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Orphan wombats prove a handful for rescuers




"These two are a classic example of what we see with most of our orphan wombats, very sadly," he says.

"Both of their mums were hit by cars but luckily enough someone stopped and checked the pouch and they were found."

The joeys are kept in a purpose-made, wombat-proof enclosure.

As we approached, only Dora could be seen, her nose poking out through a gap in some rocks that make up the wall of the burrow they have made.

Despite their young age, the pair has dug tunnels up to five metres long; Xena was somewhere in the depths sleeping, or too shy to emerge.

"They're just so stubborn to start off with," Greg says.

"You might be looking at some that take a good two or three weeks before they really accept you as being mum."

Workers at the sanctuary adopt wombats to care for individually; Dora is looked after primarily by Greg's partner Petra Harris, while Greg himself has formed a special bond with Xena.

"I'd like to say she's my little angel but it's not the case," he says with a laugh.

"Honestly, three and a half months down the track you have to nearly fight her for every single bottle."

Both joeys weighed less than three kilograms each when they were found, but with an average release weight of 18 kilograms, there's still a long way to go.

"It's a really, really long caring process with wombats; you're looking at up to two years in many circumstances," Greg says.

While no two wombats take the same time to mature, their behaviour makes it clear when they're ready to strike out on their own.

"It's head-butting, it's biting, it's clawing and it is doing anything they can to chase you away when they become teenagers," Greg says.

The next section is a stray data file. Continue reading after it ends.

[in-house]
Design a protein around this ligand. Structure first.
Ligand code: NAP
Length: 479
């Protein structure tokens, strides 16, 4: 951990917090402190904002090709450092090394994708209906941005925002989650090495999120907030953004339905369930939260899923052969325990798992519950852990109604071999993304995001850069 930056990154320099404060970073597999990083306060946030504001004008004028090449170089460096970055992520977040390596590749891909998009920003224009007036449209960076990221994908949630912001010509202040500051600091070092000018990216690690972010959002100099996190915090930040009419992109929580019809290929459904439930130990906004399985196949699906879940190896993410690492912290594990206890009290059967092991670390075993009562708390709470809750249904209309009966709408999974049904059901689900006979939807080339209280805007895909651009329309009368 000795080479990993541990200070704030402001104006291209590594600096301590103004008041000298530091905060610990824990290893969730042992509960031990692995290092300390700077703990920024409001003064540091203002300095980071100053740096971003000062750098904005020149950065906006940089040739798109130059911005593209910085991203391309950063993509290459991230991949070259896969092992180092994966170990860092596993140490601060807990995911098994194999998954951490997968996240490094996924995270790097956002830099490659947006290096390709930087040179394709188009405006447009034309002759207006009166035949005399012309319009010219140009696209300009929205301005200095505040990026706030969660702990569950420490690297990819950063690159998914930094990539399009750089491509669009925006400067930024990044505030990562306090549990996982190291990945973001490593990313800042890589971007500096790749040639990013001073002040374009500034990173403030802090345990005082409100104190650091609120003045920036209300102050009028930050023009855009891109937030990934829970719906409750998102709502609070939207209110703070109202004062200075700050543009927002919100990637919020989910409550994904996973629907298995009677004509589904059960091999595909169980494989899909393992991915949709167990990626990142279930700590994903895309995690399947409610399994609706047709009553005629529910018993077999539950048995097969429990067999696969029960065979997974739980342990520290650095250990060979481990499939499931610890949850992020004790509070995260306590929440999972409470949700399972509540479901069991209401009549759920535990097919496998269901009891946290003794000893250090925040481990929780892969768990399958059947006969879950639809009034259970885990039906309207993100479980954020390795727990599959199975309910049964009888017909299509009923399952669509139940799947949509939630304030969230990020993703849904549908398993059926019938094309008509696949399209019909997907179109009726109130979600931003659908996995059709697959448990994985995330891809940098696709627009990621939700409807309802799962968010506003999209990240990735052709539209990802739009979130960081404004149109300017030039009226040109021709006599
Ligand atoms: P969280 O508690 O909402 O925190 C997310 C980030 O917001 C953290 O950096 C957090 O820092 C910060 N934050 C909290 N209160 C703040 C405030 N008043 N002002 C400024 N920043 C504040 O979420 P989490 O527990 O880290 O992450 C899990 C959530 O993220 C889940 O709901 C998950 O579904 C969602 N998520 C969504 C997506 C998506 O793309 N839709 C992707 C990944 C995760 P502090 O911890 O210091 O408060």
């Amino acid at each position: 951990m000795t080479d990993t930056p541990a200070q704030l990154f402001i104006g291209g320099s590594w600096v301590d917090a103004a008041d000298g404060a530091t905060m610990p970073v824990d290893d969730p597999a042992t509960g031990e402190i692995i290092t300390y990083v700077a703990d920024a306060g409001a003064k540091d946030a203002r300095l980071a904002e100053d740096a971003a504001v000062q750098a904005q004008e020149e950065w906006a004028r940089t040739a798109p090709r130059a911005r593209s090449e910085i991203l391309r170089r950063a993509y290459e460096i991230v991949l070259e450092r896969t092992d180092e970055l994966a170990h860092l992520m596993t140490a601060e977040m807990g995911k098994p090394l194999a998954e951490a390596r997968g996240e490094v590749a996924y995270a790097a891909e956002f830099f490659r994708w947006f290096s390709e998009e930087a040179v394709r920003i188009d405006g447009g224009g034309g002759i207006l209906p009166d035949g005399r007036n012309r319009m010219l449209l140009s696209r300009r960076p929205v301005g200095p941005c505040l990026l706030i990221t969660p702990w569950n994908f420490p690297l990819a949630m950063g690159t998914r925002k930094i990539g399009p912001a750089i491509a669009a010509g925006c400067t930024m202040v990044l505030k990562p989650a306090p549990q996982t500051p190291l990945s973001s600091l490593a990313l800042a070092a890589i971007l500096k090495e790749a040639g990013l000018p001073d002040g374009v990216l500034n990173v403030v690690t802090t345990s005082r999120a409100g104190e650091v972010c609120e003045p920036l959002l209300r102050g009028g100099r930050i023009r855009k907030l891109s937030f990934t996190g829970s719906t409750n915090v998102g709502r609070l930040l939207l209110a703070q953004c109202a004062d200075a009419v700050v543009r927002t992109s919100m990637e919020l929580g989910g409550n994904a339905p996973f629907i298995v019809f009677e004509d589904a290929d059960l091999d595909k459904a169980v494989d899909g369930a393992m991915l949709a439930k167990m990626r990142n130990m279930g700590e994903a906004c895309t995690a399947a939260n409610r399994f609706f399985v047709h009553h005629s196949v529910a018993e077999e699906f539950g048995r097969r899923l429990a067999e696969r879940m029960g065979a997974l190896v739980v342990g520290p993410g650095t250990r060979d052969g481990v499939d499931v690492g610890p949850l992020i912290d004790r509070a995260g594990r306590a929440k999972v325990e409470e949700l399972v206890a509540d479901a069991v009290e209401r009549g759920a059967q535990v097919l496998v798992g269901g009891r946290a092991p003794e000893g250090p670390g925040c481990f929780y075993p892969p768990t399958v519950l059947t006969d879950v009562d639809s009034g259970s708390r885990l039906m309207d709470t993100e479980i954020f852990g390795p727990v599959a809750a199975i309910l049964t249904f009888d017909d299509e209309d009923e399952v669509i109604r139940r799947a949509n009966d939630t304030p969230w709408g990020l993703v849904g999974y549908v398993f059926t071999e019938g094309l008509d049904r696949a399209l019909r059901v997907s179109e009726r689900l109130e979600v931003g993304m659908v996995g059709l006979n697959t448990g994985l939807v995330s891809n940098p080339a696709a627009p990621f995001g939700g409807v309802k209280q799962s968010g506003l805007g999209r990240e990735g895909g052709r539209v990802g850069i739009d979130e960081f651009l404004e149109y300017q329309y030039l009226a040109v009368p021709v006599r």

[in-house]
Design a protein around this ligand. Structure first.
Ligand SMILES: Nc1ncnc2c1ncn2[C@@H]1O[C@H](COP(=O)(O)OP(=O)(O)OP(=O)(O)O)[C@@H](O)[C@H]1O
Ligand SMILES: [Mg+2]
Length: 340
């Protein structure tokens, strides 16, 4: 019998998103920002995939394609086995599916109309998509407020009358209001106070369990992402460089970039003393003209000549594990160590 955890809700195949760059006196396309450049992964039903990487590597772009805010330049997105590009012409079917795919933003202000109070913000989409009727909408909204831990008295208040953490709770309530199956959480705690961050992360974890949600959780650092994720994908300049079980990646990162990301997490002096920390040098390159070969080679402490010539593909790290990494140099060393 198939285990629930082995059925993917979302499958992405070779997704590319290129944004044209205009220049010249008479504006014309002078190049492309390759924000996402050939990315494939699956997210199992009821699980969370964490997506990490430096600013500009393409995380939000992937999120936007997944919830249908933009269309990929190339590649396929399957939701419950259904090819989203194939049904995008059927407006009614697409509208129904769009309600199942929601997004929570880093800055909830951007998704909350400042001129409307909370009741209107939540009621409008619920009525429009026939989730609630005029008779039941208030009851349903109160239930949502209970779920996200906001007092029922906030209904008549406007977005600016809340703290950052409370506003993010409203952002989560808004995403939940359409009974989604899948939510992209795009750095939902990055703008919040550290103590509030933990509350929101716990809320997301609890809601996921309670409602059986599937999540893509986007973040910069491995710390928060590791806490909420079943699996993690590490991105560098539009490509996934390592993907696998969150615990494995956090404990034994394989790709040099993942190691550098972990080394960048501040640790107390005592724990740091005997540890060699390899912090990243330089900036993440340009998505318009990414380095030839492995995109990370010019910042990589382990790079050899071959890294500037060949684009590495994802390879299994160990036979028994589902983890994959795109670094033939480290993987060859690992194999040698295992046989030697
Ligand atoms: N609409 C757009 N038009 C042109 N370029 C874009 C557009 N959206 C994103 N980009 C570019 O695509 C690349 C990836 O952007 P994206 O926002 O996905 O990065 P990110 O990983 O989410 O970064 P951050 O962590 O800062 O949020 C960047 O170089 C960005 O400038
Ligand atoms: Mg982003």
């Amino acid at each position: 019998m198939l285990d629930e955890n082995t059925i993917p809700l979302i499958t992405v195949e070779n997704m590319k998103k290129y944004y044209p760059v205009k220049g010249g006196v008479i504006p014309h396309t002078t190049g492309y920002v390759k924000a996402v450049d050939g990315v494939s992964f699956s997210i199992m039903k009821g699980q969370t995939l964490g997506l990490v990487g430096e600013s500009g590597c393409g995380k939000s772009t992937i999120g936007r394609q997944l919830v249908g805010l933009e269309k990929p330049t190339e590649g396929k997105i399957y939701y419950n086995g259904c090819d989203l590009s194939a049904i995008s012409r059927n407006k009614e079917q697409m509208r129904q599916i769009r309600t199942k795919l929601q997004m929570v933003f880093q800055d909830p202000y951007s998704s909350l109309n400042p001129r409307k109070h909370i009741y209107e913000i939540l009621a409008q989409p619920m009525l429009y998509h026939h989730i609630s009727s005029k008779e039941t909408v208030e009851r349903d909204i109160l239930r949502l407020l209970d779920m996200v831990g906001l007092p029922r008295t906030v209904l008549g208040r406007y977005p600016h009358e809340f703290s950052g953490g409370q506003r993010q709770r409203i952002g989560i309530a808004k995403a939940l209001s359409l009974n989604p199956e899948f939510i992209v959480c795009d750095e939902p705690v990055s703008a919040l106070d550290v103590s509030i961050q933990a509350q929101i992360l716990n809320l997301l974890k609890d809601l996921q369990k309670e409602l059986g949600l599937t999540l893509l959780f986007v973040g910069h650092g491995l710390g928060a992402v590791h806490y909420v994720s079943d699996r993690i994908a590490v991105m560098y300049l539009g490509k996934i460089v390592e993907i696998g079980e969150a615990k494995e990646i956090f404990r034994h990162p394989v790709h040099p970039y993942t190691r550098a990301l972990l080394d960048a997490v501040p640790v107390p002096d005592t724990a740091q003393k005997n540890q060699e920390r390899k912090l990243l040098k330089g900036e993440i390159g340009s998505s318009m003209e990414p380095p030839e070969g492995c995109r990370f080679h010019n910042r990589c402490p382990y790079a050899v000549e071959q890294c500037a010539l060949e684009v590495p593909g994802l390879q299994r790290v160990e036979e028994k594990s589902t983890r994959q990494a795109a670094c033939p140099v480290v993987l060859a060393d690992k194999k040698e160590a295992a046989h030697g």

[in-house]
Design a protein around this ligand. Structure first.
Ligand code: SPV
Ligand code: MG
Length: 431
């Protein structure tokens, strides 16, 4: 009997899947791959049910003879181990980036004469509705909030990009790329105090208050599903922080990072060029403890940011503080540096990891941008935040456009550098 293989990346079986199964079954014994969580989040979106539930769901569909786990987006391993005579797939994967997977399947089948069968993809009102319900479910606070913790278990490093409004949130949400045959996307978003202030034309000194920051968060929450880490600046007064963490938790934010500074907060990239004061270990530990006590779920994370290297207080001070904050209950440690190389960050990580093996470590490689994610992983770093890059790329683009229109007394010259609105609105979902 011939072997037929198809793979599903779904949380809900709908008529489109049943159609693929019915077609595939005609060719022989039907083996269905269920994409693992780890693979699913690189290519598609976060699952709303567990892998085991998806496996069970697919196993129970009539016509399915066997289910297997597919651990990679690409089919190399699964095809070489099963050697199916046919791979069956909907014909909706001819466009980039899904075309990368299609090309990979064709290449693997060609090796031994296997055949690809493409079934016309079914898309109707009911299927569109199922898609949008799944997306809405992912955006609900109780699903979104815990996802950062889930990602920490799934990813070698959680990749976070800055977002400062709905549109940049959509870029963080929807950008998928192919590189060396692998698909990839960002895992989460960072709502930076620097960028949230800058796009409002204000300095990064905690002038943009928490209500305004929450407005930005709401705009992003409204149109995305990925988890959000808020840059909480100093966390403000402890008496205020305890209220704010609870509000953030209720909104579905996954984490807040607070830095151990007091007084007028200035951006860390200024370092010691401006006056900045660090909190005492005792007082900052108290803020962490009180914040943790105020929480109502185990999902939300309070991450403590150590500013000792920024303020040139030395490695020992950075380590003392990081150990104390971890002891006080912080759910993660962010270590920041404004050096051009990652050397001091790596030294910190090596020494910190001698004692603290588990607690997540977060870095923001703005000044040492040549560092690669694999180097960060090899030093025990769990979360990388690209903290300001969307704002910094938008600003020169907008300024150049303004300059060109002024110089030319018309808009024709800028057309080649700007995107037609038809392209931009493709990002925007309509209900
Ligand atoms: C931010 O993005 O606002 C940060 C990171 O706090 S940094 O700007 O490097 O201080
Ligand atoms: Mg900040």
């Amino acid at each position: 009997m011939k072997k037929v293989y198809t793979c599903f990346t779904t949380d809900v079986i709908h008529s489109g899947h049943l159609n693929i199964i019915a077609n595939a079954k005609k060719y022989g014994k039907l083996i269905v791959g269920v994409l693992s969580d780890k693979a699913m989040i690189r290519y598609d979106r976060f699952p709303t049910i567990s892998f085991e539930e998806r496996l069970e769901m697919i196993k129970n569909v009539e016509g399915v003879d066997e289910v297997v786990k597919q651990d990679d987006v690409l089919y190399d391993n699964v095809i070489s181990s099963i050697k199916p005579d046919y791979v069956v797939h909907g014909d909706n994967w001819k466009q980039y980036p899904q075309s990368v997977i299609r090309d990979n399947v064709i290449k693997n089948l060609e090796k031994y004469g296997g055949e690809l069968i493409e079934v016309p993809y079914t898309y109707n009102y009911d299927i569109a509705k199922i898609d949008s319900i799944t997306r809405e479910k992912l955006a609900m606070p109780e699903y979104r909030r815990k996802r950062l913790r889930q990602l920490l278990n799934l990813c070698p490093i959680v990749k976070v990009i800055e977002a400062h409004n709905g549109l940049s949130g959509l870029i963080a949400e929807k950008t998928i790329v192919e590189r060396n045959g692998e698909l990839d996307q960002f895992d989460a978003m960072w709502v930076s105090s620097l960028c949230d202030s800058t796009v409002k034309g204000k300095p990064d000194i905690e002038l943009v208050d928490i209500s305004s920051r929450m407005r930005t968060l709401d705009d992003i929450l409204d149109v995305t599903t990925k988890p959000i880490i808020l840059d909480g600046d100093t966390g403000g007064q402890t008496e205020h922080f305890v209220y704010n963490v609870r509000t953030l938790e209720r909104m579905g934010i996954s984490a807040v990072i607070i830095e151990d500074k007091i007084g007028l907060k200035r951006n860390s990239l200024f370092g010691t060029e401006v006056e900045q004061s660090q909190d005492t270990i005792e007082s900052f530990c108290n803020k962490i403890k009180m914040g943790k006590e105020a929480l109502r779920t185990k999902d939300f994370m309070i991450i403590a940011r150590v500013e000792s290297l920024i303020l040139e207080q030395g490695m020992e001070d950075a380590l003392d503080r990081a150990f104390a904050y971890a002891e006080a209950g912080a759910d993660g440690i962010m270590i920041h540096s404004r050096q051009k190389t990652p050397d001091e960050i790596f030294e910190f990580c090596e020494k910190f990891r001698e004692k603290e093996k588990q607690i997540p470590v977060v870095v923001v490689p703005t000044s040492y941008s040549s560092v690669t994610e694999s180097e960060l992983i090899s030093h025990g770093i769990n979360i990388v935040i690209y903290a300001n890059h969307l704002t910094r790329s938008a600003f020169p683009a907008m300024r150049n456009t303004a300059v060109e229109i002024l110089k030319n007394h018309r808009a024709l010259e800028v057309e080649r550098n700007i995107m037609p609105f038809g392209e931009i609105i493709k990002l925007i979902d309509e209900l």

"But it is a beautiful thing because that's them turning as we call it."

Over the following month they become solitary and nocturnal, even responding to the keepers as predators.

Greg says it's a good sign that once they are released they will have a good chance of survival in the wild.

Most will wander off into the sunset, never to be seen again, but not all of them are willing to completely give up their domestic comforts.

One in particular, dubbed Mavis Whiteclaw by her rescuers had not been seen for a few months once she was released at a property near Orielton.

That is until the area experienced a huge downpour and some flooding.

"She appeared back in her enclosure; on her back, in her little hutch, wrapped up in a blanket, fast asleep," Greg says.

"She devoured a bowl of oats and took off again two days later."

Watching Greg interact lovingly with Dora, it's hard to imagine he'd ever want to give her up.

However he says the greatest joy comes from releasing them back into the bush.

"No matter how hard they are to start with and no matter how much work goes into them, we want to see these animals with the best possible chance of survival," he says.

"The fact that they do really relate to people once they accept you is quite a special thing but then they become wild on their own and that's even more beautiful."

It will be around another year until Xena and Dora are ready to be released.

Whether they quickly return to the wild, or occasionally succumb to the temptation of the comforts of a nice warm enclosure, only time will tell.

If you find any injured wildlife anywhere in Tasmania, contact the Bonorong Orphaned and Injured Wildlife Hotline.
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WildLife Rules!: Orphan wombats prove a handful for rescuers
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